Acts 2:1-28

Several years ago, my husband and I went with a group for a
three-day hike on the Appalachian Trail near the Grayson Highlands
in Virginia. It is an area with stunning views of mountain ridges and
meadows, a place where wild ponies roam free.

The weather had not been the best as we set out, cloudy and
misty. But we made camp that first night at a high elevation, on a
level stretch near the edge of the mountain that overlooks the valley
below, optimistically imagining the amazing sunrise that would greet
us the next morning.

With spotty cell phone service, we were unaware that the forecast
for the night had deteriorated. There was a high wind advisory and
storms coming through the area, which we discovered some time
past midnight.

For what seemed like hours, storm winds howled as they came up
the mountainside and barreled over the top of our campsite. Winds
flattened our tents across the top of the sleeping bags in which we
were curled, only to pull them upright when the winds receded again.
With the regularity of contractions, we endured a relentless pattern
of surge and retreat every few minutes in the dark of night.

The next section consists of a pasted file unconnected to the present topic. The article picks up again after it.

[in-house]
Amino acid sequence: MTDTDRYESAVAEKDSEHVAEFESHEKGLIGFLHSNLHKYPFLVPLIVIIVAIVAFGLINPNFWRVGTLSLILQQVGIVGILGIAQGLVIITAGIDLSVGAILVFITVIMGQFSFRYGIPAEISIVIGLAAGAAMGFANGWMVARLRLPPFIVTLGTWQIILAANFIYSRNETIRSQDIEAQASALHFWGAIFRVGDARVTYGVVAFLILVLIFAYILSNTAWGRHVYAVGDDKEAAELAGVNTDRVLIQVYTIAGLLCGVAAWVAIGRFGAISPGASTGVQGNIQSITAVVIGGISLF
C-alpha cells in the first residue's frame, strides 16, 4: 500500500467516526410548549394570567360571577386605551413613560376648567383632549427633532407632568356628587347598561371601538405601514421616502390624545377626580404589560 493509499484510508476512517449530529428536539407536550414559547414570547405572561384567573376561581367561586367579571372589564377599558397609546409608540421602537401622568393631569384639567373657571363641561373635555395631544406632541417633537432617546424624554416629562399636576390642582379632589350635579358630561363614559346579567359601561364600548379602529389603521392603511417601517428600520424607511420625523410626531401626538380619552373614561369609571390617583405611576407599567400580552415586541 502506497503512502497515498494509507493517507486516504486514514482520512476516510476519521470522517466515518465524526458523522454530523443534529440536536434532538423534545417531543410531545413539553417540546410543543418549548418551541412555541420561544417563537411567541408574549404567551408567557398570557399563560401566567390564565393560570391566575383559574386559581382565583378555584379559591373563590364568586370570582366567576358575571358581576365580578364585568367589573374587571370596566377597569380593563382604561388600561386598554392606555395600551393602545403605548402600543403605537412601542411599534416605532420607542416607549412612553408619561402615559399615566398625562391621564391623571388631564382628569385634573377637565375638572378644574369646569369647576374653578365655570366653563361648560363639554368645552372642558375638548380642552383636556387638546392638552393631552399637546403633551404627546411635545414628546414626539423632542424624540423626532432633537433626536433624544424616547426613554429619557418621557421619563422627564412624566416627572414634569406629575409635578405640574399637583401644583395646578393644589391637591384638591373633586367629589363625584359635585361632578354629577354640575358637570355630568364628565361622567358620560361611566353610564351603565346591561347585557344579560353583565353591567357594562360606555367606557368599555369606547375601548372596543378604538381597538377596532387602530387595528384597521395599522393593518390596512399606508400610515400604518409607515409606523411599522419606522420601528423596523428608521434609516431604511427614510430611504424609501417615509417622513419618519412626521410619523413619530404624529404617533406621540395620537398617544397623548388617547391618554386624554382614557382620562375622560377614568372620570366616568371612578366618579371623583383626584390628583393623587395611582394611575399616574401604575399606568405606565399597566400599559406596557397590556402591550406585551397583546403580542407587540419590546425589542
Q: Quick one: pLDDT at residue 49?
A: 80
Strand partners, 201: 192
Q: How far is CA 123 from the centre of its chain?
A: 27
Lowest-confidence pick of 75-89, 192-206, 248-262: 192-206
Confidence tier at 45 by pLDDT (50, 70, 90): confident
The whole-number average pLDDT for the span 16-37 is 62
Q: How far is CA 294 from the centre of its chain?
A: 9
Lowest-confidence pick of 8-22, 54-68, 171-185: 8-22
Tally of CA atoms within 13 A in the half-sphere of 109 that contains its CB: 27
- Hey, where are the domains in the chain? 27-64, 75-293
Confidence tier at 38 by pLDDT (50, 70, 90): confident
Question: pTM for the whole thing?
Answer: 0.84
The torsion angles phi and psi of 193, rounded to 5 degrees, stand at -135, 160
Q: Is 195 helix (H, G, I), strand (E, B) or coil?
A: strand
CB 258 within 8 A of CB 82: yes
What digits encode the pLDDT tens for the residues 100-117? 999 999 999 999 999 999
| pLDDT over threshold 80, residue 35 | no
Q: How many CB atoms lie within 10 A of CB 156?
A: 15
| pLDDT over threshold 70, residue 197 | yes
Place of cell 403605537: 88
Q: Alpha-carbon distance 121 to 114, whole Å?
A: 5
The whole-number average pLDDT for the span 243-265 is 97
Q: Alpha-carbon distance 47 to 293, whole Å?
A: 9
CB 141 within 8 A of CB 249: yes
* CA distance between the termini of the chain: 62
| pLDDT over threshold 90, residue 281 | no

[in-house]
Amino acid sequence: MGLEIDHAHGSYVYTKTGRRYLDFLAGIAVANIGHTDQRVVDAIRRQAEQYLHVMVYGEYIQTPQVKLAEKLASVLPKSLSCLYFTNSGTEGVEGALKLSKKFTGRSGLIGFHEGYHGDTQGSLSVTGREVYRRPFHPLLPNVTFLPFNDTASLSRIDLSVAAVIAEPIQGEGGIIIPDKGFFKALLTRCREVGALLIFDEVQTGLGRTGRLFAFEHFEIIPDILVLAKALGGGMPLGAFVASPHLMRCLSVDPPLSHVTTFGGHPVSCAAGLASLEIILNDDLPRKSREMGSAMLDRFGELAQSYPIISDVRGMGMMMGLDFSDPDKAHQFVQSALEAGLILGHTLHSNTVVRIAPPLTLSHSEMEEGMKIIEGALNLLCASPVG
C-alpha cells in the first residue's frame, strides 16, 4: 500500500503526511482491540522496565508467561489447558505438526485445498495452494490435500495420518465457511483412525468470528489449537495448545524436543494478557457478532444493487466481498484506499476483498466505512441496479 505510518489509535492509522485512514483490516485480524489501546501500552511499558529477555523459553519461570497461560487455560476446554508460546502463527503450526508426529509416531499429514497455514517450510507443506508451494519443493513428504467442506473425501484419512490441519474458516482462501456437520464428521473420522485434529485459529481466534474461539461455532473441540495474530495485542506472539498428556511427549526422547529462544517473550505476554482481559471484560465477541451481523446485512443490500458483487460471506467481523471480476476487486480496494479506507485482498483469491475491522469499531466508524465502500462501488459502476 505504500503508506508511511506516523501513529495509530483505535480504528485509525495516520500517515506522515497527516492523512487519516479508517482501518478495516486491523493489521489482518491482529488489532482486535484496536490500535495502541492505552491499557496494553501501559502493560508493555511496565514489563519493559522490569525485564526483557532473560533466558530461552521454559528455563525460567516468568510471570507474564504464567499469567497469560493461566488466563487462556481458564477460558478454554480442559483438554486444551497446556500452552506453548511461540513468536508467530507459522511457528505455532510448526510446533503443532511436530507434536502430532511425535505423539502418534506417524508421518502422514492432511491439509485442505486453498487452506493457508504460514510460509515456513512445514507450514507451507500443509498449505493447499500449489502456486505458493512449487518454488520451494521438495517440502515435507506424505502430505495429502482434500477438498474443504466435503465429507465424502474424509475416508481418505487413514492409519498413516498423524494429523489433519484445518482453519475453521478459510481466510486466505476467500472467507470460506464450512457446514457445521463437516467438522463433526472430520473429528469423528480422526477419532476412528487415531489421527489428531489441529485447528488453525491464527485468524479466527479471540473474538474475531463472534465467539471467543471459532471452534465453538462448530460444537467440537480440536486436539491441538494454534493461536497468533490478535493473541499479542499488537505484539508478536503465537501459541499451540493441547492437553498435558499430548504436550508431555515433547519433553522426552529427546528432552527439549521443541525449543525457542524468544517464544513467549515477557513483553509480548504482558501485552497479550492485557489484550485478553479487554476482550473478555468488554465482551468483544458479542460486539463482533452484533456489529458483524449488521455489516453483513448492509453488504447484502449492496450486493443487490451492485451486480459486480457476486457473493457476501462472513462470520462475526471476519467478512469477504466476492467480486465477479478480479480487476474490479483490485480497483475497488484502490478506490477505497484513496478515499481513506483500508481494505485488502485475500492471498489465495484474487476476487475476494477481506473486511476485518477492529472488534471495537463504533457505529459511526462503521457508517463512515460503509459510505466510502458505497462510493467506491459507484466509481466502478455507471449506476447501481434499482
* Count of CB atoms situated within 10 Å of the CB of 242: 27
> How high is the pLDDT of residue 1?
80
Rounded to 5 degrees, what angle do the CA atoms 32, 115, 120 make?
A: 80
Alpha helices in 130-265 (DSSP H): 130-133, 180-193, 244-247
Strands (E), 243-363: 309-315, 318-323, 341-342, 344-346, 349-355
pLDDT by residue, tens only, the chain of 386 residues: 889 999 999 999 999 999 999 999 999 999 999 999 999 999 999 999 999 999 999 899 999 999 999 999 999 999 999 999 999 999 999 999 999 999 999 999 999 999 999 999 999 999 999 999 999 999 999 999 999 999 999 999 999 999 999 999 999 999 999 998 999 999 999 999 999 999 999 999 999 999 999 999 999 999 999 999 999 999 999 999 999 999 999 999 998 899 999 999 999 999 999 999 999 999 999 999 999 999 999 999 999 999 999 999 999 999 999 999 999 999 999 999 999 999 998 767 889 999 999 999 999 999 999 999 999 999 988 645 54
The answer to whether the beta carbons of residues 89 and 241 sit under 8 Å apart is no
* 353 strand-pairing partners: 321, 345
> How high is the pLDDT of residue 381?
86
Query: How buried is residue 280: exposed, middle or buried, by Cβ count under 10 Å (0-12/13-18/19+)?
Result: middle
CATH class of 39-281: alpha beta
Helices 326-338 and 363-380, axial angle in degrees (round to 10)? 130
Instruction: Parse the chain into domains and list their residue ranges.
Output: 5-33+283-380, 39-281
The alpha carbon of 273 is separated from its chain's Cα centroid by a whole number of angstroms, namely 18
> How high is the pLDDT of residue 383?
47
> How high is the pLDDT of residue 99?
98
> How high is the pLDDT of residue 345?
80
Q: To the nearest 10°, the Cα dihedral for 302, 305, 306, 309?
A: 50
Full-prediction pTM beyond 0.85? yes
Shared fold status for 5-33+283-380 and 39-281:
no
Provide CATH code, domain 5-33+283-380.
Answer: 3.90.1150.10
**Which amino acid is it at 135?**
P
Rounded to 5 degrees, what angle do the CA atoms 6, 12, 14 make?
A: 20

There was unmistakable power in the force of the wind, and we
knew we were at its mercy. I don’t know how many times I prayed the
Lord’s Prayer that night, trying to counter the force of the storm with
a holy rhythm of my own.

The Spirit does not come quietly when the disciples gather for Pentecost. Rather, from heaven there came a sound like the rush of a violent wind, and it filled the entire house where they were sitting (v. 2). The Spirit comes decisively, with power.

Consider

What is your experience of the movement of God’s Spirit in your life? When have you known both its gentleness and its power?

Pray

Holy God, may we never underestimate the power of your Spirit in our lives. Amen.



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